The Effects of Attachment to God In Relation to an In Vivo Thought Induction Task Among Religious Individuals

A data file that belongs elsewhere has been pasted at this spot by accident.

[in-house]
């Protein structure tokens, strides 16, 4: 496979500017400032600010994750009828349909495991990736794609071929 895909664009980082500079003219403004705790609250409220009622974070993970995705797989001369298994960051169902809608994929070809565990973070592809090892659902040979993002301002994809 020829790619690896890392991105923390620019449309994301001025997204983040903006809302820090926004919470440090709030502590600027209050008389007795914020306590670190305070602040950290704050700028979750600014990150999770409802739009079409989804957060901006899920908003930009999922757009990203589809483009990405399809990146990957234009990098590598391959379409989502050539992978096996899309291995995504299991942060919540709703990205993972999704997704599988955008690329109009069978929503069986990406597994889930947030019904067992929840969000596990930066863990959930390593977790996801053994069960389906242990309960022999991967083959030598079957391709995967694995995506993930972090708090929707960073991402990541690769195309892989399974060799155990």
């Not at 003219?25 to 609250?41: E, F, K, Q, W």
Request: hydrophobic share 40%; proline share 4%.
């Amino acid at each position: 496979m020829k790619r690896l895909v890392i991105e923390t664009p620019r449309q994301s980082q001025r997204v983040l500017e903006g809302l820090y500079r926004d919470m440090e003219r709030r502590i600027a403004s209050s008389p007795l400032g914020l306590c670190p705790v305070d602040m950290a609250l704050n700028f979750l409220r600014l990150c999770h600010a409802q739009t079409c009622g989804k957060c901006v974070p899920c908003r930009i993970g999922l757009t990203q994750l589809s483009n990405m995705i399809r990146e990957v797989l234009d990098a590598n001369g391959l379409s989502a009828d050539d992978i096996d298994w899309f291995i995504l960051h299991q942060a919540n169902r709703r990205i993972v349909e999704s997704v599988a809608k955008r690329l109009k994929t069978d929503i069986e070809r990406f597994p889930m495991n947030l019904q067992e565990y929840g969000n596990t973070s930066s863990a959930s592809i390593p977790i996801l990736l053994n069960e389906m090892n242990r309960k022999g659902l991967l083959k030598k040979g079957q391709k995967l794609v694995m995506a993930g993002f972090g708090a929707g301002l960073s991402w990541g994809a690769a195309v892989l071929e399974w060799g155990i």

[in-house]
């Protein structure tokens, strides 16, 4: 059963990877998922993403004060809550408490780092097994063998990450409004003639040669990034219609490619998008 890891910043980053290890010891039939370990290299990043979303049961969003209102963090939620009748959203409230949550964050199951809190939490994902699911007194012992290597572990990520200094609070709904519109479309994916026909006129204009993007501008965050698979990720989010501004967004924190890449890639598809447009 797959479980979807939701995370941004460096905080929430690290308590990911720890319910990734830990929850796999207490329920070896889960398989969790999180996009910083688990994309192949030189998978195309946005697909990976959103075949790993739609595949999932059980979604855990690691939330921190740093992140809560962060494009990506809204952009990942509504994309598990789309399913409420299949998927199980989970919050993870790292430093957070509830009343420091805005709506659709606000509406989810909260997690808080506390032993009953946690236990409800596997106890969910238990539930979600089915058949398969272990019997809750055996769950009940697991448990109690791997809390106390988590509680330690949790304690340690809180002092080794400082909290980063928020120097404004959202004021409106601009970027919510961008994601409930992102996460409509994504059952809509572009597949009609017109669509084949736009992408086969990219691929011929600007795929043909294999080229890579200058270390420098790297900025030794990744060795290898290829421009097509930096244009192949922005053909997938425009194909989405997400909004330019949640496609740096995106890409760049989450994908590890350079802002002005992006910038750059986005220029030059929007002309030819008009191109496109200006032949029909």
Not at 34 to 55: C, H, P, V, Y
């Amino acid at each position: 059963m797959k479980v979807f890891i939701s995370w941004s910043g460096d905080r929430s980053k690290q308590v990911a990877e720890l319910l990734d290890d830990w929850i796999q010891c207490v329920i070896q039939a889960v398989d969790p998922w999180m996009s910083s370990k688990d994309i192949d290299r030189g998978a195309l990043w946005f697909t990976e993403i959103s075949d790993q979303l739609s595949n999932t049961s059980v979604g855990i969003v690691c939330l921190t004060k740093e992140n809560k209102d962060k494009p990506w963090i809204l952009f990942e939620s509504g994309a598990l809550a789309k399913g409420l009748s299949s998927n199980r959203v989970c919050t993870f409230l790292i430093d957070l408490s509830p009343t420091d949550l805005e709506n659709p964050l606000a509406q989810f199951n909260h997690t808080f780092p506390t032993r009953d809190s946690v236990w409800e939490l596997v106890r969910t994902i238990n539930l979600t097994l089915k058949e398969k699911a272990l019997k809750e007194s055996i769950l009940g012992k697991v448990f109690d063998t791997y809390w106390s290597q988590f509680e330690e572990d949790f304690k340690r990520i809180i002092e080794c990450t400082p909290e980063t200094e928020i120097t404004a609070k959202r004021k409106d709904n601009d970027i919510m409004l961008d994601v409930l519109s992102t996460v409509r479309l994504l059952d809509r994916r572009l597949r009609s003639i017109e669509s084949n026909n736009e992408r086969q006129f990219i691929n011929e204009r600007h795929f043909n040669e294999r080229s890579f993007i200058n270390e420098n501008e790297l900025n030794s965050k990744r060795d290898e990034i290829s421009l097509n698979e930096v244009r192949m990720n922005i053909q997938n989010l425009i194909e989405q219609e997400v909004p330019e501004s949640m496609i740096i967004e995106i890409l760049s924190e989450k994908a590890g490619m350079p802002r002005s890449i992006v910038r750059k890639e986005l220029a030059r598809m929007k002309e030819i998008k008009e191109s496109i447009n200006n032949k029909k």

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Extending prior research on the relation between attachment to God and obsessive-compulsive symptoms, this study used a thought induction task and examined whether attachment to God contributed to anxiety, misappraisals, and neutralizing efforts following that task. A sample of undergraduate students (N = 106), who endorsed belief in God, a higher power, or a cosmic force, completed self report measures and performed a well-validated thought induction task. As predicted, anxious attachment to God correlated with anxiety following the thought-induction task. Anxious attachment to God continued to correlate with post-thought induction anxiety after controlling for pre-thought induction anxiety and religiosity. Although anxious attachment to God positively correlated with a desire to pray following the thought induction task, this correlation appeared attributable to religiosity. As expected, avoidant attachment to God generally did not relate to the criterion variables. Conceptual and therapeutic implications of these results are discussed, as well as future directions and limitations.